65             :  * inval messages have been processed before it exits.  This is the reason
      66             :  * for the strange-looking choice to use a statically allocated buffer array
      67             :  * and counters; it's so that a recursive call can process messages already
      68             :  * sucked out of sinvaladt.c.
      69             :  */
      70             : void
      71    25285840 : ReceiveSharedInvalidMessages(void (*invalFunction) (SharedInvalidationMessage *msg),
      72             :                              void (*resetFunction) (void))
      73             : {
      74             : #define MAXINVALMSGS 32
      75             :     static SharedInvalidationMessage messages[MAXINVALMSGS];
      76             : 
      77             :     /*
      78             :      * We use volatile here to prevent bugs if a compiler doesn't realize that
      79             :      * recursion is a possibility ...
      80             :      */
      81             :     static volatile int nextmsg = 0;
      82             :     static volatile int nummsgs = 0;
      83             : 
      84             :     /* Deal with any messages still pending from an outer recursion */
      85    50571762 :     while (nextmsg < nummsgs)
      86             :     {
      87          82 :         SharedInvalidationMessage msg = messages[nextmsg++];
      88             : 
      89          82 :         SharedInvalidMessageCounter++;
      90          82 :         invalFunction(&msg);
      91             :     }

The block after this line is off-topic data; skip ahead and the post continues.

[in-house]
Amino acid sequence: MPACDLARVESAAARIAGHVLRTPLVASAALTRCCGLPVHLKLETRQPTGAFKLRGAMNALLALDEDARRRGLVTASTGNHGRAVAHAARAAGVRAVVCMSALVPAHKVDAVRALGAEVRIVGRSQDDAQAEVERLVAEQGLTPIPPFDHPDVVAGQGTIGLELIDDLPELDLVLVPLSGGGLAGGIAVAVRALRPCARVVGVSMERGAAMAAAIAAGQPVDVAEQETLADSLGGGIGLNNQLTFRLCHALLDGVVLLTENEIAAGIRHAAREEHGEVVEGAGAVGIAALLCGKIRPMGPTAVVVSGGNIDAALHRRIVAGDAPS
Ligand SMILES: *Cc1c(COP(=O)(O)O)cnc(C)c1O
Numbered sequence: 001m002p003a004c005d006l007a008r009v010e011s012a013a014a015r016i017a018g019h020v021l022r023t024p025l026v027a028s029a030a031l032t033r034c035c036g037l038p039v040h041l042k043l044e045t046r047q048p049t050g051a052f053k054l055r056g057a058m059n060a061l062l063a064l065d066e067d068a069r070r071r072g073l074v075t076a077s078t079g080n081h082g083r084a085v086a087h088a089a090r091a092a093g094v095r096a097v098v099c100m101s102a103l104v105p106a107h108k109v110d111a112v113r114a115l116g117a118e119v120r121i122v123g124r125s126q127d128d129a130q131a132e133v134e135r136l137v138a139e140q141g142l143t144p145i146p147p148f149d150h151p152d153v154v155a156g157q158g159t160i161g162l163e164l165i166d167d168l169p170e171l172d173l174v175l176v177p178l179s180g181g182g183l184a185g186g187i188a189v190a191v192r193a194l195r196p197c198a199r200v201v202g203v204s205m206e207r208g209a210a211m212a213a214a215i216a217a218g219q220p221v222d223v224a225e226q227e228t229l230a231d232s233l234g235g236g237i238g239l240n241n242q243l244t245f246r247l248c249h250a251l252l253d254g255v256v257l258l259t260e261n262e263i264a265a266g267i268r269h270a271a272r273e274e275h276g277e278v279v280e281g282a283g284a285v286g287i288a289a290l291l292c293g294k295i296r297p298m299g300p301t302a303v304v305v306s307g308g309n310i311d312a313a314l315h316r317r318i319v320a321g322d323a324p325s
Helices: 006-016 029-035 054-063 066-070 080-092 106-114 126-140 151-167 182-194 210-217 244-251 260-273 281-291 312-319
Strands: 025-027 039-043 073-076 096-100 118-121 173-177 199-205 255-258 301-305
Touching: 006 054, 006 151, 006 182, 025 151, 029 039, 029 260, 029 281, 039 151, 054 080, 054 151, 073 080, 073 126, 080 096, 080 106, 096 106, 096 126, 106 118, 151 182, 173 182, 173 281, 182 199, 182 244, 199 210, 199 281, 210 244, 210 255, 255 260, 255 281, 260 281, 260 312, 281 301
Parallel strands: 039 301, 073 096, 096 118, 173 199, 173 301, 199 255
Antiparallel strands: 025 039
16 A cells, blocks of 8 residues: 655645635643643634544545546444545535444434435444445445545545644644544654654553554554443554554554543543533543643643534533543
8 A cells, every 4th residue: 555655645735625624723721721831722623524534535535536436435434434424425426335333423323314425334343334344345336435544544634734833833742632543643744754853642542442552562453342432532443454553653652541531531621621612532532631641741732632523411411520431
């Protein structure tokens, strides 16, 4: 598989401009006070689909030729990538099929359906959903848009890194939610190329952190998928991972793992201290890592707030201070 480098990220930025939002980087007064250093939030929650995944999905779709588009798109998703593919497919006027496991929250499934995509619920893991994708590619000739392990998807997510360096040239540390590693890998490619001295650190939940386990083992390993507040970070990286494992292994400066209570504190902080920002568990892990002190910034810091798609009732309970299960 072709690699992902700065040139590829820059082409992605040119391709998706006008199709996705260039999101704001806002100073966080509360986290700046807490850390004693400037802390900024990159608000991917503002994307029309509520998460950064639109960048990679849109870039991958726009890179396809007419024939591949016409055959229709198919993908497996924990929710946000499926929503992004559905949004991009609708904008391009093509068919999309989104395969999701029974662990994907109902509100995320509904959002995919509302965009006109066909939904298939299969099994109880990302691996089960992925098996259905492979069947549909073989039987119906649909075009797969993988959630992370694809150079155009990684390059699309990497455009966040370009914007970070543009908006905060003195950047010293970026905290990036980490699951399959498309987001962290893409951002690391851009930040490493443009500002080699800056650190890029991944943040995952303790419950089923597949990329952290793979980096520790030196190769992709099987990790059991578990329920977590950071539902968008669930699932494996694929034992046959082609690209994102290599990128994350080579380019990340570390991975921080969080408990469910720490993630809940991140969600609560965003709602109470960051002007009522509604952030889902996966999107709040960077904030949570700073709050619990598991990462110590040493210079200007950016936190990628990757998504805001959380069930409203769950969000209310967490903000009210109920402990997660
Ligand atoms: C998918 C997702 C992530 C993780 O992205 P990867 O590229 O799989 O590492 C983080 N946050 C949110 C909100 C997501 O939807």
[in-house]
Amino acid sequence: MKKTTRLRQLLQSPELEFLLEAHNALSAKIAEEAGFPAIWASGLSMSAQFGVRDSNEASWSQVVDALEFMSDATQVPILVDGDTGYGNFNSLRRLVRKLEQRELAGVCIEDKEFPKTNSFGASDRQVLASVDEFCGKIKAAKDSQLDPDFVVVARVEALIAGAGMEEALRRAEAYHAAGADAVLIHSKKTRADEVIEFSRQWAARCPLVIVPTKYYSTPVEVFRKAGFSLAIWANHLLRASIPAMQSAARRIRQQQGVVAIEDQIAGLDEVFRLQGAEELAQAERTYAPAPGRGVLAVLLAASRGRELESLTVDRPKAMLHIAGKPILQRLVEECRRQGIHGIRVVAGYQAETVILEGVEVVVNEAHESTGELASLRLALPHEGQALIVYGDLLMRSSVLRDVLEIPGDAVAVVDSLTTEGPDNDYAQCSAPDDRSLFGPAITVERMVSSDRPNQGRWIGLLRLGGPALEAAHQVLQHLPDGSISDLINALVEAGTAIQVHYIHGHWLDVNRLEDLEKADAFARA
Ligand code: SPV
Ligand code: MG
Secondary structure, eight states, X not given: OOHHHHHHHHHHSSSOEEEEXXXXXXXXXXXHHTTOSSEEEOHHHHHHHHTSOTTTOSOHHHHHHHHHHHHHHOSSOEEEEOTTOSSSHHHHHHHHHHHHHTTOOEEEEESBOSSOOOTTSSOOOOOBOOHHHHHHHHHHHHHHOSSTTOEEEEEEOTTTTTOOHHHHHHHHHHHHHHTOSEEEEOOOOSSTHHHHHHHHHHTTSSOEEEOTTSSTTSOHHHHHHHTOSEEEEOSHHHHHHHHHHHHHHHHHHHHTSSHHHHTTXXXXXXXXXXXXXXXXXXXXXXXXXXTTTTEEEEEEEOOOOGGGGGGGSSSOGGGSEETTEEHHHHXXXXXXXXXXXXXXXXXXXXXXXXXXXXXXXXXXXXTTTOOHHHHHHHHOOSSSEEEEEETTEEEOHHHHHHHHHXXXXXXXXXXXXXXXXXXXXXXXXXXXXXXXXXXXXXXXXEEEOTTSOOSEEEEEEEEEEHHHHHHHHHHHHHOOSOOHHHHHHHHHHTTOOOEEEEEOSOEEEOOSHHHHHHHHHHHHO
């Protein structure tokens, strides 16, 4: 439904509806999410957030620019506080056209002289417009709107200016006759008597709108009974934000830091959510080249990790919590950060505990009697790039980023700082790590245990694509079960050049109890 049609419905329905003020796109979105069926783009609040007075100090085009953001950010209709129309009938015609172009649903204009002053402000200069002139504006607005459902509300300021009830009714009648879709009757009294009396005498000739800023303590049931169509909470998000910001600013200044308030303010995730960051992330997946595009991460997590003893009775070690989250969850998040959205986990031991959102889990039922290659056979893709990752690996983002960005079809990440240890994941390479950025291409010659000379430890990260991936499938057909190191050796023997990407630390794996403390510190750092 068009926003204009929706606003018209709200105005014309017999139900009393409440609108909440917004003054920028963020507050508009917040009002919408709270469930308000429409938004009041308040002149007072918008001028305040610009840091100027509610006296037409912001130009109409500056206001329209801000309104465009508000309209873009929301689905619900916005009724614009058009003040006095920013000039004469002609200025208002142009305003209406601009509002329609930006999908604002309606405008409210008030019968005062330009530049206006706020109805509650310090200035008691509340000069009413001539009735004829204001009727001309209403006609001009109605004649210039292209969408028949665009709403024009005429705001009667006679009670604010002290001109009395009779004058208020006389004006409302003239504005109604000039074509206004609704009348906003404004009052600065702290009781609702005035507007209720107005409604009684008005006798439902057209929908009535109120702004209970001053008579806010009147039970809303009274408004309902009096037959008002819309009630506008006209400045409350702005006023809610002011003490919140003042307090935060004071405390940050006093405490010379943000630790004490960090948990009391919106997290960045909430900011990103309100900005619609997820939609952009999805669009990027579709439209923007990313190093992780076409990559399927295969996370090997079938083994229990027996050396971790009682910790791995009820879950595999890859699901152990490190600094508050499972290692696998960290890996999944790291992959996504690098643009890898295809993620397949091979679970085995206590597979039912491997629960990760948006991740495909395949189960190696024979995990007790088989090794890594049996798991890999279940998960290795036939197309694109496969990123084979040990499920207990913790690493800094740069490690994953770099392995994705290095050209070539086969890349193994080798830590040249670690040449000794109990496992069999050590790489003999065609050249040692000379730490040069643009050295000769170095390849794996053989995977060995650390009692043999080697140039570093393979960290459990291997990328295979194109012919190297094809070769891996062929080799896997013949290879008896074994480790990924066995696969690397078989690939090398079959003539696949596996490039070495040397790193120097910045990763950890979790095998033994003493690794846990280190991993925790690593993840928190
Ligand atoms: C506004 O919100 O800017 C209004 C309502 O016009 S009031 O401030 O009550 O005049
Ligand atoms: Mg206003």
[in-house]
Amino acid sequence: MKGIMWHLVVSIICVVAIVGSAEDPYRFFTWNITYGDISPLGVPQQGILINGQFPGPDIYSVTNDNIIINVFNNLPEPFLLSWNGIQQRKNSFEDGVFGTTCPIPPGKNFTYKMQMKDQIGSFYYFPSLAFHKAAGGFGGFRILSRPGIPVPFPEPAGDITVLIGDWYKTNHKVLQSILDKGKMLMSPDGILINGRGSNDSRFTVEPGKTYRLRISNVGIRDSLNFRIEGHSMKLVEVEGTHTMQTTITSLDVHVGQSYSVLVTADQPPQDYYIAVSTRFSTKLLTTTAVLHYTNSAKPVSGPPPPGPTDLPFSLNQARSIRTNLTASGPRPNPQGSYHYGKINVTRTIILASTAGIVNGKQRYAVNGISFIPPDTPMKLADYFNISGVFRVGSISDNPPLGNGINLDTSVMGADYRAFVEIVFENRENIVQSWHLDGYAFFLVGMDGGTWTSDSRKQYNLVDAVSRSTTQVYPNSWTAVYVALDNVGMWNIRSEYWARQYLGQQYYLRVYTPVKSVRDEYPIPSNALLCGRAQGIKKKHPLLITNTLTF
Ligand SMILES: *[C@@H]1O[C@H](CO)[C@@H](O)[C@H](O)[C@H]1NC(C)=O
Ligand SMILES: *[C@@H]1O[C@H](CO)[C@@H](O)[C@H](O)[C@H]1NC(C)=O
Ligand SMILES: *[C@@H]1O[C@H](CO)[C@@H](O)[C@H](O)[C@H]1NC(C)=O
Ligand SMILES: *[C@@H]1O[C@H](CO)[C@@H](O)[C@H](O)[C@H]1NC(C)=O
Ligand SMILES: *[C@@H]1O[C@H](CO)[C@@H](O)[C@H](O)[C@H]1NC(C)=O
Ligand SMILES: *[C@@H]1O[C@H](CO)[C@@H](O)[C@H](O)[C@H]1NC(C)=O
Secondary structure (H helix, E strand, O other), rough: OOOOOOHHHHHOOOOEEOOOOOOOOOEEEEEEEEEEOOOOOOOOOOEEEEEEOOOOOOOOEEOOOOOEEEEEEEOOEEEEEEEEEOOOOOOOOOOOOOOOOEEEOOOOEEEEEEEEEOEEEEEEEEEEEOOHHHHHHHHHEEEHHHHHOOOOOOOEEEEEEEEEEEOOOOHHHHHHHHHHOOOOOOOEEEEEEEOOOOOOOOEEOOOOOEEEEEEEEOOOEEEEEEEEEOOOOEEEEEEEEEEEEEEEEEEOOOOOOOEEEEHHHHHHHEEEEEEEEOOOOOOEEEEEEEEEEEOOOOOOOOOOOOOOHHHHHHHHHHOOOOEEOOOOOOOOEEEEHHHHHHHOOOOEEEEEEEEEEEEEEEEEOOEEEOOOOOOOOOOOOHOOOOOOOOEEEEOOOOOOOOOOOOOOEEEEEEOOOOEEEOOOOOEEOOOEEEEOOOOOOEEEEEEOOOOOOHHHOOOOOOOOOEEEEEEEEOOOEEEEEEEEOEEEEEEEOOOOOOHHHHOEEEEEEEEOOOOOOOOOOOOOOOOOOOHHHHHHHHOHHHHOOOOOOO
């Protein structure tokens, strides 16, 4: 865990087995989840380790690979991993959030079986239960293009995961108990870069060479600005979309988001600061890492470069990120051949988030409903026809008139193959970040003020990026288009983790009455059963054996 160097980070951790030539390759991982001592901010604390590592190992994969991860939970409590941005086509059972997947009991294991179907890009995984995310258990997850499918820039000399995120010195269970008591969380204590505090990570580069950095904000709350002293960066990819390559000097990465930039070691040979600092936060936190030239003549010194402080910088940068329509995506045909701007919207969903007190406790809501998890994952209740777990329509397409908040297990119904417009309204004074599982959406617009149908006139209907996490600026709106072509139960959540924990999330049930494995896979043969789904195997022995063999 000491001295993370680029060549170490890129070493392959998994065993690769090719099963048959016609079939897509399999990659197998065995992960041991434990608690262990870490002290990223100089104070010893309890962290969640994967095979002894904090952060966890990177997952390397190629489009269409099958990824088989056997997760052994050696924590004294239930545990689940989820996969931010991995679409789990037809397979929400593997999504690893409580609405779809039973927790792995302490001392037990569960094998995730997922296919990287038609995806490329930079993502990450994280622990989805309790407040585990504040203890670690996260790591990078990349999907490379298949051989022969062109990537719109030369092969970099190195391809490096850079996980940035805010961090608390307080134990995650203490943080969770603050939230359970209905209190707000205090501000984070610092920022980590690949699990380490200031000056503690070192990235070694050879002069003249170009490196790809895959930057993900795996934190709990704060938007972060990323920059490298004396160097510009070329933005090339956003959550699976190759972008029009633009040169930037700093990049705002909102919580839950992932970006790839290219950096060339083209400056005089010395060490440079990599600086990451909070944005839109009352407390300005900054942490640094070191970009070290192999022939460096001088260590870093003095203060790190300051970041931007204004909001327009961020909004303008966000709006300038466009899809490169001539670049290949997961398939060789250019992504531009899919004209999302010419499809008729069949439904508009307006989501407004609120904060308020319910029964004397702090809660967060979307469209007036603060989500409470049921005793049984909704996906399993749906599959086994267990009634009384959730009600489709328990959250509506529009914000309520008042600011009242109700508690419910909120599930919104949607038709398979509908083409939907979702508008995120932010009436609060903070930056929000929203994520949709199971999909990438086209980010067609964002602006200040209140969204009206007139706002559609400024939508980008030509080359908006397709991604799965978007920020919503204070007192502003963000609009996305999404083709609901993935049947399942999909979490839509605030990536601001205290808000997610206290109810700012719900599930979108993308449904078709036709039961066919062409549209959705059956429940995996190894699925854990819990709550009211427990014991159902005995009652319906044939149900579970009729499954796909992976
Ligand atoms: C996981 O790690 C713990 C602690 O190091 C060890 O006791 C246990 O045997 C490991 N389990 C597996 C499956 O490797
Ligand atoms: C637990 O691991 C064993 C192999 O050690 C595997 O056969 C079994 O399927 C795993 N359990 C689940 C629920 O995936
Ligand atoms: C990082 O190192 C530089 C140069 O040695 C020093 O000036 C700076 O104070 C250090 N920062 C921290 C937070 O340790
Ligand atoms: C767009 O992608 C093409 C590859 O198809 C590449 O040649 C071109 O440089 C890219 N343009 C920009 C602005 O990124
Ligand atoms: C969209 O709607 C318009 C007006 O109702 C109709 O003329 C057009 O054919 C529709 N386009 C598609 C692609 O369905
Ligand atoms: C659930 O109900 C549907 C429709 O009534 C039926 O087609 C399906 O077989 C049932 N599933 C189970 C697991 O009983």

92             : 
      93             :     do
      94             :     {
      95             :         int         getResult;
      96             : 
      97    25744866 :         nextmsg = nummsgs = 0;
      98             : 
      99             :         /* Try to get some more messages */
     100    25744866 :         getResult = SIGetDataEntries(messages, MAXINVALMSGS);
     101             : 
     102    25744866 :         if (getResult < 0)
     103             :         {
     104             :             /* got a reset message */
     105         276 :             elog(DEBUG4, "cache state reset");
     106         276 :             SharedInvalidMessageCounter++;
     107         276 :             resetFunction();
     108         276 :             break;              /* nothing more to do */
     109             :         }
     110             : 
     111             :         /* Process them, being wary that a recursive call might eat some */
     112    25744590 :         nextmsg = 0;
     113    25744590 :         nummsgs = getResult;
     114             : 
     115    68916058 :         while (nextmsg < nummsgs)
     116             :         {
     117    17426878 :             SharedInvalidationMessage msg = messages[nextmsg++];
     118             : 
     119    17426878 :             SharedInvalidMessageCounter++;
     120    17426878 :             invalFunction(&msg);
     121             :         }
     122             : 
     123             :         /*
     124             :          * We only need to loop if the last SIGetDataEntries call (which might
     125             :          * have been within a recursive call) returned a full buffer.
     126             :          */
     127    25744590 :     } while (nummsgs == MAXINVALMSGS);
     128             : 
     129             :     /*
     130             :      * We are now caught up.  If we received a catchup signal, reset that
     131             :      * flag, and call SICleanupQueue().  This is not so much because we need
     132             :      * to flush dead messages right now, as that we want to pass on the
     133             :      * catchup signal to the next slowest backend.  "Daisy chaining" the
     134             :      * catchup signal this way avoids creating spikes in system load for what